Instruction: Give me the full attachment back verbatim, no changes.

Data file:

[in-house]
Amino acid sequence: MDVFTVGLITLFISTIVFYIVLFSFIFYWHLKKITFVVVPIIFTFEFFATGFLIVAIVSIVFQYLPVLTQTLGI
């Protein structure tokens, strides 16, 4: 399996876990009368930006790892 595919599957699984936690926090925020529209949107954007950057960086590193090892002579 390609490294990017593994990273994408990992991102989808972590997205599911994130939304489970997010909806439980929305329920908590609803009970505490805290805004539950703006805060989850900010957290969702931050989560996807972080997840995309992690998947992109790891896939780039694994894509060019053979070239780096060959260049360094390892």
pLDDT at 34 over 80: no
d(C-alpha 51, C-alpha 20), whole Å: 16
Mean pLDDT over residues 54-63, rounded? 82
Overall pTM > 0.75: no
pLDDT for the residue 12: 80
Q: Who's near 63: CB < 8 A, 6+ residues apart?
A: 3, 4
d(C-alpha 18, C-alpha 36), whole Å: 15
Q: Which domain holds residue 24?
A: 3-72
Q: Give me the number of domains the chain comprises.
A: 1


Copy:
[in-house]
Amino acid sequence: MDVFTVGLITLFISTIVFYIVLFSFIFYWHLKKITFVVVPIIFTFEFFATGFLIVAIVSIVFQYLPVLTQTLGI
């Protein structure tokens, strides 16, 4: 399996876990009368930006790892 595919599957699984936690926090925020529209949107954007950057960086590193090892002579 390609490294990017593994990273994408990992991102989808972590997205599911994130939304489970997010909806439980929305329920908590609803009970505490805290805004539950703006805060989850900010957290969702931050989560996807972080997840995309992690998947992109790891896939780039694994894509060019053979070239780096060959260049360094390892």
pLDDT at 34 over 80: no
d(C-alpha 51, C-alpha 20), whole Å: 16
Mean pLDDT over residues 54-63, rounded? 82
Overall pTM > 0.75: no
pLDDT for the residue 12: 80
Q: Who's near 63: CB < 8 A, 6+ residues apart?
A: 3, 4
d(C-alpha 18, C-alpha 36), whole Å: 15
Q: Which domain holds residue 24?
A: 3-72
Q: Give me the number of domains the chain comprises.
A: 1